Before implementing this strategy, decisions had to be made as to which goal combinations to store. In previous work within state-space planning Veloso  has developed an approach to reducing the size of the library by first transforming a totally ordered plan into a partially ordered graph, separating out connected components of the graph, and storing these subplans individually. Goals which interact in that their respective plans must be interleaved in order to form a complete solution are stored together as a single case. When replay is based on a plan-space planner such as SNLP, a component subplan may be further subdivided, since the planner has the ability to first piece plans together, and later add step orderings to interleave these subplans [21,15]. Replay of these smaller cases will be sequenced as long as their individual subplans may be interleaved by the addition of step orderings to form a full solution. The plan-space planner therefore has a greater capability of reducing the size of the problems stored in the library, and, as a consequence, the number of cases stored.
DERSNLP+EBL's storage strategy makes use of the plan-space planners' ability
to piece small plans together, then add step orderings to interleave
these plans. As in earlier approaches, such as
PRODIGY/ANALOGY  and CAPLAN , the cases that are stored cover smaller subsets of the original set of input goals achieved in the successful problem-solving episode. DERSNLP+EBL differs from these earlier approaches in that the division into goal subsets is not based on the structure of the final plan alone, but on the sequence of events making up the problem-solving episode. A new repairing case is stored if the cases which were retrieved from the library in solving the new problem fail to be extended into a new solution. The storer constructs a new case based on the failure explanation which was obtained through the extension phase as well as the new successful plan derivation obtained during recovery.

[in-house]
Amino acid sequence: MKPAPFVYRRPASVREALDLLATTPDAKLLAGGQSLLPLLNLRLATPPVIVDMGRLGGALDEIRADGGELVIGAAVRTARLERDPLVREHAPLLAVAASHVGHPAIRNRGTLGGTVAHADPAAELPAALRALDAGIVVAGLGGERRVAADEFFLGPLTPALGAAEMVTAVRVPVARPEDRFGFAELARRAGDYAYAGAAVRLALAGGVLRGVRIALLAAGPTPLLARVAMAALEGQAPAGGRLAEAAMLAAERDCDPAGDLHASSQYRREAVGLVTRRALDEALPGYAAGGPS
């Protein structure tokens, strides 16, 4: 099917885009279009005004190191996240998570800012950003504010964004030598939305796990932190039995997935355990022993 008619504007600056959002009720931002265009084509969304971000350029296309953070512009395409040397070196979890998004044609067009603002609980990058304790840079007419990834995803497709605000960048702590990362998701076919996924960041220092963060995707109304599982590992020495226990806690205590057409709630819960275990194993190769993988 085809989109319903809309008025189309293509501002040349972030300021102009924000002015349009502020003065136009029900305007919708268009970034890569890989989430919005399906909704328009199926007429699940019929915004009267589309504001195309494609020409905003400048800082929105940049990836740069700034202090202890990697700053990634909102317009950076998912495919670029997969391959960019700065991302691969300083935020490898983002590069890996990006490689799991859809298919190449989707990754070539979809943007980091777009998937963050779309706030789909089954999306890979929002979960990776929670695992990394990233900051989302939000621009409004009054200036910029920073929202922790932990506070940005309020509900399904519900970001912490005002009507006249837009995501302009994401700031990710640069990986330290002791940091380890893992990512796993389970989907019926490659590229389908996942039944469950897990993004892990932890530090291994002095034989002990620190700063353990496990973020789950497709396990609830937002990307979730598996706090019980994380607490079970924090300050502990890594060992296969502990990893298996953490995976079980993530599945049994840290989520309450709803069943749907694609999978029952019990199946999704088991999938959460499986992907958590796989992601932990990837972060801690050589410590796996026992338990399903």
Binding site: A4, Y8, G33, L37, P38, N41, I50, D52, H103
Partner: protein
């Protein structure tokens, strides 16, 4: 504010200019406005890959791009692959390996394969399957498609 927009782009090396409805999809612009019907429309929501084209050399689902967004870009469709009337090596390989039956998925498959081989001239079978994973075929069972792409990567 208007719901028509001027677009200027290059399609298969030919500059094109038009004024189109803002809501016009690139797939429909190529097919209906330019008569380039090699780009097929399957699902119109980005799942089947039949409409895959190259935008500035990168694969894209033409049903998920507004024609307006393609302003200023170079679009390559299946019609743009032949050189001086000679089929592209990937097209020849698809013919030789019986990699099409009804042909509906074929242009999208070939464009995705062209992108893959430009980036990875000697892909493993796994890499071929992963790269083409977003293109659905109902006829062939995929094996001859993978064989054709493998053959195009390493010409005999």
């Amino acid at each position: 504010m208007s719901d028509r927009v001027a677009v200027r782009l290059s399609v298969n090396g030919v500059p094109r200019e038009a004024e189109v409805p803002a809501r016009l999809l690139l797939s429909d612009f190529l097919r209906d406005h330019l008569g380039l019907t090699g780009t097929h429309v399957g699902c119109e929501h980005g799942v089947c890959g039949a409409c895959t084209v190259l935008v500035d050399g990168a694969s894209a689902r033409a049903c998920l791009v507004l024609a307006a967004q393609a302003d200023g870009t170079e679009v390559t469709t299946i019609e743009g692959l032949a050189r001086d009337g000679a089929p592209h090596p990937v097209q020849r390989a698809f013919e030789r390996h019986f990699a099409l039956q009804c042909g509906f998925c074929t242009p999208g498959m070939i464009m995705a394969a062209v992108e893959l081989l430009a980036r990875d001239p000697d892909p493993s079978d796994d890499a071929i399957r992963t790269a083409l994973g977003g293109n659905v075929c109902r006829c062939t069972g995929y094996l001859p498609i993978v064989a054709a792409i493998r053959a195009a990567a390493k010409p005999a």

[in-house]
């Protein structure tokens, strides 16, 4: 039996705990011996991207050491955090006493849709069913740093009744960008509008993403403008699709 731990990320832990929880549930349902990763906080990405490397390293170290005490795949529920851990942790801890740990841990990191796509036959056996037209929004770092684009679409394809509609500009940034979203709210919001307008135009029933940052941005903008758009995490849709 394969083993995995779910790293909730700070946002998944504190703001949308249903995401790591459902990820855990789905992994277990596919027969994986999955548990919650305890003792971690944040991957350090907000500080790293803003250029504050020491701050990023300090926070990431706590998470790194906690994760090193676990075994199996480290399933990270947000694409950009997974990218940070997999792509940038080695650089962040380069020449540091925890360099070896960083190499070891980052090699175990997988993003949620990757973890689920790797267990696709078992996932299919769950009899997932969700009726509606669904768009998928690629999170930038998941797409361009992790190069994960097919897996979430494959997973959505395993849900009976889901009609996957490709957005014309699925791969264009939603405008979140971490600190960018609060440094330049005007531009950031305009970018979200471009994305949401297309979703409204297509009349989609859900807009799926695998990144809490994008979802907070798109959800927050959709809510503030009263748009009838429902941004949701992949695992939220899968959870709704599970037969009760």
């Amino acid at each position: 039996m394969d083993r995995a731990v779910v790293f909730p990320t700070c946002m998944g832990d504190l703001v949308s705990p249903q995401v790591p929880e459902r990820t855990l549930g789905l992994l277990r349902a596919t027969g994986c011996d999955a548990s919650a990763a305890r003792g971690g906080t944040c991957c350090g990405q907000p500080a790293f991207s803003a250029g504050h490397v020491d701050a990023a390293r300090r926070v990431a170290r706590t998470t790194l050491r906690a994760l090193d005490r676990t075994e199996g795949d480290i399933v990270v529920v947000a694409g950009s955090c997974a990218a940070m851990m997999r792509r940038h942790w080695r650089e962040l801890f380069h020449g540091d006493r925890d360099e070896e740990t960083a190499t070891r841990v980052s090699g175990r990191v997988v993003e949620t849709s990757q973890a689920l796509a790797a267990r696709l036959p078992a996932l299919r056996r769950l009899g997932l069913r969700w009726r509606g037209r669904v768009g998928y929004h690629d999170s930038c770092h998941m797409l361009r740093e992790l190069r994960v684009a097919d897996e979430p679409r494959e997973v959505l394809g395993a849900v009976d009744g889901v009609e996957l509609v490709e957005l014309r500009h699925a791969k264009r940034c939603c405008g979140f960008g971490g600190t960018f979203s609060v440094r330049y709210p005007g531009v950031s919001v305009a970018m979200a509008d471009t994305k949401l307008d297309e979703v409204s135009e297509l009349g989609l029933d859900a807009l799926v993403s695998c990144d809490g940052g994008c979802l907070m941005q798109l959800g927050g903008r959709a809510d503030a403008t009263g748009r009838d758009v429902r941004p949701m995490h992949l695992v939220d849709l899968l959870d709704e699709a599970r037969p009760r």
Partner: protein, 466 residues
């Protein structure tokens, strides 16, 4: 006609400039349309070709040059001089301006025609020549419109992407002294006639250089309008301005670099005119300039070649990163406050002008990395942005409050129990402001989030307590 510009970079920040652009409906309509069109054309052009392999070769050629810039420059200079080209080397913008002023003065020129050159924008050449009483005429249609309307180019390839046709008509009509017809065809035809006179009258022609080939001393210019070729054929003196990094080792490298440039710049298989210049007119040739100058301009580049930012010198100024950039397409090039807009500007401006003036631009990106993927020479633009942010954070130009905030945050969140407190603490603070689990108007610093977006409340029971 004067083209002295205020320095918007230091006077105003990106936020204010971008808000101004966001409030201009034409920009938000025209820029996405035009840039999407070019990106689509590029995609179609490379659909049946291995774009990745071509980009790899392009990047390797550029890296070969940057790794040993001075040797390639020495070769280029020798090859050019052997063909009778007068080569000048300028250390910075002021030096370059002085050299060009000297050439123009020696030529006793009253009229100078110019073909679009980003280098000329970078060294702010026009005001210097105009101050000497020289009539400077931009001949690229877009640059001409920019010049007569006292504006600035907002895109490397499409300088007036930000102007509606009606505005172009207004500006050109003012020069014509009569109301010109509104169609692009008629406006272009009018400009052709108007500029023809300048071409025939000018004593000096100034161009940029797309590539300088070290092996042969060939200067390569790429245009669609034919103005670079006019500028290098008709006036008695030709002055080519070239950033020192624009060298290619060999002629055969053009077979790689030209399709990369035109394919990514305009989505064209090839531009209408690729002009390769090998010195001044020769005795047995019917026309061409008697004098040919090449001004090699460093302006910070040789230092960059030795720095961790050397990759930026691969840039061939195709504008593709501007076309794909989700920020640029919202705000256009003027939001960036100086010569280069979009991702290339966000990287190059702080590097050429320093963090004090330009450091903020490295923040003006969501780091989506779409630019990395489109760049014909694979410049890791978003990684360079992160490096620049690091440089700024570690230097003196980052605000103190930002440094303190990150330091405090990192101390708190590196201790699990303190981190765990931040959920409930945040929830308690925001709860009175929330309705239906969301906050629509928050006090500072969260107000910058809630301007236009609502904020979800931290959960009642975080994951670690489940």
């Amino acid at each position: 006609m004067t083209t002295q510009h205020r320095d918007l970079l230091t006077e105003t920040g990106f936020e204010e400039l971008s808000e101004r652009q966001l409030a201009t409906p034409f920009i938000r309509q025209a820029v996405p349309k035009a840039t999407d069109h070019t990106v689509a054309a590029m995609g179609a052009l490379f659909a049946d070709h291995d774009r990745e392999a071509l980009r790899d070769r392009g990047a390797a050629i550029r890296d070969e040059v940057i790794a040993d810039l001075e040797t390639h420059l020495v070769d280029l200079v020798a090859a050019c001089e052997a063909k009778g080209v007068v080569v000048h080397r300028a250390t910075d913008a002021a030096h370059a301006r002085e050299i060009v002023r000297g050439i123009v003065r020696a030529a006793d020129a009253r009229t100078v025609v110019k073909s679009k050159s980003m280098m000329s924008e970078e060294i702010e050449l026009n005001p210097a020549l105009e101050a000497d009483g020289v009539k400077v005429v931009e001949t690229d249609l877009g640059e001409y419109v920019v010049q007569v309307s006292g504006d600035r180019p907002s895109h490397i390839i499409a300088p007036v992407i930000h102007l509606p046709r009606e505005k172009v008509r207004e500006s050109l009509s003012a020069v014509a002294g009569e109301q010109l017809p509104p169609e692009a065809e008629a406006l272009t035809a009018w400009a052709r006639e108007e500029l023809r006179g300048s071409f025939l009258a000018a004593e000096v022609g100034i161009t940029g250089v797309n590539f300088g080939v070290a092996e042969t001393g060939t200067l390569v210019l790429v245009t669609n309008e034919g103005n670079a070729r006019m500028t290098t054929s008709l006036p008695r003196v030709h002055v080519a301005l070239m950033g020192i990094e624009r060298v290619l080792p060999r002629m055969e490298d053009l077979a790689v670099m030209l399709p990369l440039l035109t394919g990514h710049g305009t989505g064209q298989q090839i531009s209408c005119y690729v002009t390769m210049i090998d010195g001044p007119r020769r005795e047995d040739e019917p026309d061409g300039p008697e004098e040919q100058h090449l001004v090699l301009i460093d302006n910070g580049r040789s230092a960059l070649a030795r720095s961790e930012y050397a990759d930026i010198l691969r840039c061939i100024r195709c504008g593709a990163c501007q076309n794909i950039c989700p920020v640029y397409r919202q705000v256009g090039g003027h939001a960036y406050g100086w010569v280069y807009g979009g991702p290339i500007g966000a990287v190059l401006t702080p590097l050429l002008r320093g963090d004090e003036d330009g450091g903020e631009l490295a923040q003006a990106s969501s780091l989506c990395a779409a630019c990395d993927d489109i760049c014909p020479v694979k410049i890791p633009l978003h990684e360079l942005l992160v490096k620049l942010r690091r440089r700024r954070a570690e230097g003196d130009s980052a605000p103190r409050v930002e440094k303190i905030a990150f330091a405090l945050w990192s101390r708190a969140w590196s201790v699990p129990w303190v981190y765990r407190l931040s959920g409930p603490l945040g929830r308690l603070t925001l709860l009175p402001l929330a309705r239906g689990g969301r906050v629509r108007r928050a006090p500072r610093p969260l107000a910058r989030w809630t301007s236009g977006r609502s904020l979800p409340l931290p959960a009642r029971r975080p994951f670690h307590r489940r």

The failure explanation identifies the set of negatively interacting goals responsible for the failure. These goals form a subset of the input goals which are achieved in the new solution. Before the repairing case is stored, the new plan derivation is stripped of any decisions that are irrelevant to the achievement of these interacting goals. The new case then covers only the negatively interacting goals.
Note that we define negative interaction based on the failure of the skeletal plan. An interaction occurs when a set of input goals cannot be solved by refining the skeletal plan, causing the planner to have to backtrack over this plan. Moreover, we cannot determine whether two goals are negatively interacting merely by analyzing the final solution. It does not include information about the planning failures which were encountered in generating the solution. In particular, the final solution does not tell us whether an additional goal was achieved by extending the replayed path, or by backtracking over that path. Approaches to case storage which determine goal interaction from the final plan alone [40,32] therefore ignore the retrieval failures that have been encountered during the planning episode.
Retrieval failures provide important guidance as to how the library may be improved to avoid similar failures. For DERSNLP+EBL, they are used to dynamically improve the storage in the library through the addition of new goal combinations. Multi-goal problems are stored when retrieved cases corresponding to single-goal subproblems fail to be merged and extended into a new solution. Repairing cases are constructed which achieve the negatively interacting goals which are responsible and which are identified in the failure explanation.